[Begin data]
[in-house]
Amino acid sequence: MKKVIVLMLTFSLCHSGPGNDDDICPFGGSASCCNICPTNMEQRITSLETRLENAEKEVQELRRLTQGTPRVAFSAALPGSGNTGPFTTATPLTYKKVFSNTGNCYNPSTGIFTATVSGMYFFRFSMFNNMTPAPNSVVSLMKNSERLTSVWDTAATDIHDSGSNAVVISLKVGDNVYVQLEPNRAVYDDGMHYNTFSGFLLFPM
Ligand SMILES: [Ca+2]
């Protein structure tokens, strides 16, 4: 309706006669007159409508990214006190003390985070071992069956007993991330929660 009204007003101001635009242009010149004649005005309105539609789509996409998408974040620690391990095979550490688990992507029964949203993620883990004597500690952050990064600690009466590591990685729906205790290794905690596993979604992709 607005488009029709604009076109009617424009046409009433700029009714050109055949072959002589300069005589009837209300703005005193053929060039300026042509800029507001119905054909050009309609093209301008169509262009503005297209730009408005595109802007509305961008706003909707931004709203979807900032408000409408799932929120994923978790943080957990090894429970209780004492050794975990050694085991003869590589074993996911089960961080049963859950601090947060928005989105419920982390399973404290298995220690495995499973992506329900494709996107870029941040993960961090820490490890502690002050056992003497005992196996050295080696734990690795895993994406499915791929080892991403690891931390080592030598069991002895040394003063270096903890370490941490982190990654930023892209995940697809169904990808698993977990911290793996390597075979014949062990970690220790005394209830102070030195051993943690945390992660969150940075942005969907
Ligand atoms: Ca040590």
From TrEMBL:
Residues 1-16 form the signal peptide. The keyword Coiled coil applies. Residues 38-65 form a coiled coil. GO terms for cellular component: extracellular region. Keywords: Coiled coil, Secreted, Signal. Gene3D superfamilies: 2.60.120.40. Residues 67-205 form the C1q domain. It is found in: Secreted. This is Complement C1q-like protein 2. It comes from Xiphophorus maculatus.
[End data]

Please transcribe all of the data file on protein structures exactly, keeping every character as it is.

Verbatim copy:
[in-house]
Amino acid sequence: MKKVIVLMLTFSLCHSGPGNDDDICPFGGSASCCNICPTNMEQRITSLETRLENAEKEVQELRRLTQGTPRVAFSAALPGSGNTGPFTTATPLTYKKVFSNTGNCYNPSTGIFTATVSGMYFFRFSMFNNMTPAPNSVVSLMKNSERLTSVWDTAATDIHDSGSNAVVISLKVGDNVYVQLEPNRAVYDDGMHYNTFSGFLLFPM
Ligand SMILES: [Ca+2]
């Protein structure tokens, strides 16, 4: 309706006669007159409508990214006190003390985070071992069956007993991330929660 009204007003101001635009242009010149004649005005309105539609789509996409998408974040620690391990095979550490688990992507029964949203993620883990004597500690952050990064600690009466590591990685729906205790290794905690596993979604992709 607005488009029709604009076109009617424009046409009433700029009714050109055949072959002589300069005589009837209300703005005193053929060039300026042509800029507001119905054909050009309609093209301008169509262009503005297209730009408005595109802007509305961008706003909707931004709203979807900032408000409408799932929120994923978790943080957990090894429970209780004492050794975990050694085991003869590589074993996911089960961080049963859950601090947060928005989105419920982390399973404290298995220690495995499973992506329900494709996107870029941040993960961090820490490890502690002050056992003497005992196996050295080696734990690795895993994406499915791929080892991403690891931390080592030598069991002895040394003063270096903890370490941490982190990654930023892209995940697809169904990808698993977990911290793996390597075979014949062990970690220790005394209830102070030195051993943690945390992660969150940075942005969907
Ligand atoms: Ca040590």
From TrEMBL:
Residues 1-16 form the signal peptide. The keyword Coiled coil applies. Residues 38-65 form a coiled coil. GO terms for cellular component: extracellular region. Keywords: Coiled coil, Secreted, Signal. Gene3D superfamilies: 2.60.120.40. Residues 67-205 form the C1q domain. It is found in: Secreted. This is Complement C1q-like protein 2. It comes from Xiphophorus maculatus.